It was such a lovely day. I was finishing up my work for the day and, about ten minutes before logging off, decided to post the most looked-up words of the day on Twitter. Those who follow me there know I try to have fun with the words when I can, because you should have fun with this crazy language. But there was one word that had been at the top of the list for several days and that I had been ignoring because I knew that simply mentioning it would cause a firestorm of controversy. But it was such a lovely day! It was sunny and warm, and as I weighed whether or not to post this word– this is not an exaggeration–two birds lit on the telephone wire outside my office and began to sing. I thought, “Oh, c’mon, Kory. Quit being such a moron. Just post the damn word. No one cares, everyone’s on their way home right now anyway.”
So I posted this:
I hit “post,” left my desk to refill my water glass, and less than two minutes later came back to a bunch of responses that essentially all read “WTF IS WRONG WITH YOU, MORON?!?” Sighing, I looked out the window. The birds, sensing trouble, had buggered off. My eyes lingered on the sky; perhaps a satellite would fall out of it and crush me. A slip of paper caught my eye; it was a little inscription I came up with about a year ago and had presciently stuck on the window sash. It reads Aliqua non possunt quin merdam moveare, and it is Latin for “There are those who cannot help but stir the turd.”
“Stamper,” I muttered under my breath, “you turd-stirrer.” Resigning myself to another hour of work, I began answering the hate mail.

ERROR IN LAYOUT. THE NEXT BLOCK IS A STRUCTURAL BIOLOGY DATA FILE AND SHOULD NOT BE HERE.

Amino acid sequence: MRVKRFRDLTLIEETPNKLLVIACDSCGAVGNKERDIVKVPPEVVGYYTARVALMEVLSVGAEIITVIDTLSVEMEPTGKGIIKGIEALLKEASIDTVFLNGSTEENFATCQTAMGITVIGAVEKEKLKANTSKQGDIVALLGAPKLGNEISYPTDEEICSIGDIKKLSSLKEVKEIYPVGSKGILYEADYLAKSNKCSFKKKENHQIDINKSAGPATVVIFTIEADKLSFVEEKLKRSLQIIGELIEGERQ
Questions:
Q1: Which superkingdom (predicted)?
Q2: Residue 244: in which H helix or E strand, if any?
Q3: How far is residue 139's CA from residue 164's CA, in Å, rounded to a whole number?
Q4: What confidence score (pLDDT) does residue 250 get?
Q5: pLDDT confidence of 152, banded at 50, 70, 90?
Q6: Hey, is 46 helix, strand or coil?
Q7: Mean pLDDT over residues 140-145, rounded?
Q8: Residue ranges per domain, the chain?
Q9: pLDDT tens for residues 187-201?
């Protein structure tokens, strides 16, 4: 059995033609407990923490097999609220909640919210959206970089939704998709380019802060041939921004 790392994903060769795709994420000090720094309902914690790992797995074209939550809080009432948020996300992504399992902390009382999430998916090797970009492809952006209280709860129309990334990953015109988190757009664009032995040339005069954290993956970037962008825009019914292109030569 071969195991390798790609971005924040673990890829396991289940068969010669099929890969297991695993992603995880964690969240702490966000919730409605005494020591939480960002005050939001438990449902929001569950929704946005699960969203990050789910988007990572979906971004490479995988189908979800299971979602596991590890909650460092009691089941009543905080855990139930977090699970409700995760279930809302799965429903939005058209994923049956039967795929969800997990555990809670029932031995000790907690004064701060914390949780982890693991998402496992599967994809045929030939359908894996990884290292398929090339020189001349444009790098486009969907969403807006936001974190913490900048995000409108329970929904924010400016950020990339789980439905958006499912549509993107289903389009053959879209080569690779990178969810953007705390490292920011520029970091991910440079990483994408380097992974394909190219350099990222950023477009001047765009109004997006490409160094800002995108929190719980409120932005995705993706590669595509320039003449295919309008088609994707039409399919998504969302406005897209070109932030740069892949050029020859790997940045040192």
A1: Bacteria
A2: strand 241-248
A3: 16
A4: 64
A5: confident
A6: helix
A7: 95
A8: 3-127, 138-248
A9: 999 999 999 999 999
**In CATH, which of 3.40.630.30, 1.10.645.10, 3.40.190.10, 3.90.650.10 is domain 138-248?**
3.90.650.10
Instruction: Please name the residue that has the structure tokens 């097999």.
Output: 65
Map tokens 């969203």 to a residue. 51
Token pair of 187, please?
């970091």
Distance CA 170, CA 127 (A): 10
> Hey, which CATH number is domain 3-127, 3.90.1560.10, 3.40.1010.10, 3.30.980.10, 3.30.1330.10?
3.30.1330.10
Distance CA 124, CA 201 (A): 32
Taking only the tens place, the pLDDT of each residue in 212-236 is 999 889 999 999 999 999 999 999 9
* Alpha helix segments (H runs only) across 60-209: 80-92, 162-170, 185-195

What got me sighing was not the response to that tweet, nor the fact that people felt strongly enough to tell me I was a moron. No, what made me long for sweet oblivion was the knowledge that, in a few minutes, I would once again come up against the Facts/Truth Dichotomy.
Lexicography deals entirely in fact–I know, the orgies, glitter, and drunken prescriptivism threw you, but it’s true. You spend much of your time as a lexicographer in pursuit of facts, and you spend the rest of your time as a lexicographer coming to terms with the facts you’ve just found. Recently, I stumbled across an early cit that led me to believe that Shakespeare had coined the verb “puke.” A few hours later, Ben Zimmer told me that the Oxford English Dictionary had antedated it, so poor ol’ Willy was no longer the coiner (in print) of “puke.” This saddened me–I really wanted Shakespeare to have coined “puke”–but the facts were in, and they were against me. What can you do in the face of facts?
Evidently, when it comes to words, their use, and their histories, you can just ignore them.